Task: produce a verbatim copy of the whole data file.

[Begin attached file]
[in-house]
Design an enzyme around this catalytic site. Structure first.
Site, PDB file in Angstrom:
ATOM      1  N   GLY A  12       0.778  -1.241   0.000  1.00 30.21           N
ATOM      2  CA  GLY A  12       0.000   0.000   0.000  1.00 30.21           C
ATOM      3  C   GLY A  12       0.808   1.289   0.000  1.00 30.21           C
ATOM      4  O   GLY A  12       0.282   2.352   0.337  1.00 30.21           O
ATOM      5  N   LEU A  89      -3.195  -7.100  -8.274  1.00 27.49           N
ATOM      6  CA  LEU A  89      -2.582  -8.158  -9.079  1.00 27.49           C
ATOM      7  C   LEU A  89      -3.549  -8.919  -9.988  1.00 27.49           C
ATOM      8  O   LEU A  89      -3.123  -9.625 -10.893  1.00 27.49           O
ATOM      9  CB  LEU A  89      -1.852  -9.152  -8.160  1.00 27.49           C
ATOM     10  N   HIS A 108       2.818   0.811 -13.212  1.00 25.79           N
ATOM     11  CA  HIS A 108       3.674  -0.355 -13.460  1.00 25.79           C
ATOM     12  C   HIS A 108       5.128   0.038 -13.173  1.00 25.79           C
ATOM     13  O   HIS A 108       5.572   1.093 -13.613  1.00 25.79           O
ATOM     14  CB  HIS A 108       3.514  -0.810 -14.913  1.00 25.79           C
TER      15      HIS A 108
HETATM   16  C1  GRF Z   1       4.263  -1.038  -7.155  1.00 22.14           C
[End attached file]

[in-house]
Design an enzyme around this catalytic site. Structure first.
Site, PDB file in Angstrom:
ATOM      1  N   GLY A  12       0.778  -1.241   0.000  1.00 30.21           N
ATOM      2  CA  GLY A  12       0.000   0.000   0.000  1.00 30.21           C
ATOM      3  C   GLY A  12       0.808   1.289   0.000  1.00 30.21           C
ATOM      4  O   GLY A  12       0.282   2.352   0.337  1.00 30.21           O
ATOM      5  N   LEU A  89      -3.195  -7.100  -8.274  1.00 27.49           N
ATOM      6  CA  LEU A  89      -2.582  -8.158  -9.079  1.00 27.49           C
ATOM      7  C   LEU A  89      -3.549  -8.919  -9.988  1.00 27.49           C
ATOM      8  O   LEU A  89      -3.123  -9.625 -10.893  1.00 27.49           O
ATOM      9  CB  LEU A  89      -1.852  -9.152  -8.160  1.00 27.49           C
ATOM     10  N   HIS A 108       2.818   0.811 -13.212  1.00 25.79           N
ATOM     11  CA  HIS A 108       3.674  -0.355 -13.460  1.00 25.79           C
ATOM     12  C   HIS A 108       5.128   0.038 -13.173  1.00 25.79           C
ATOM     13  O   HIS A 108       5.572   1.093 -13.613  1.00 25.79           O
ATOM     14  CB  HIS A 108       3.514  -0.810 -14.913  1.00 25.79           C
TER      15      HIS A 108
HETATM   16  C1  GRF Z   1       4.263  -1.038  -7.155  1.00 22.14           C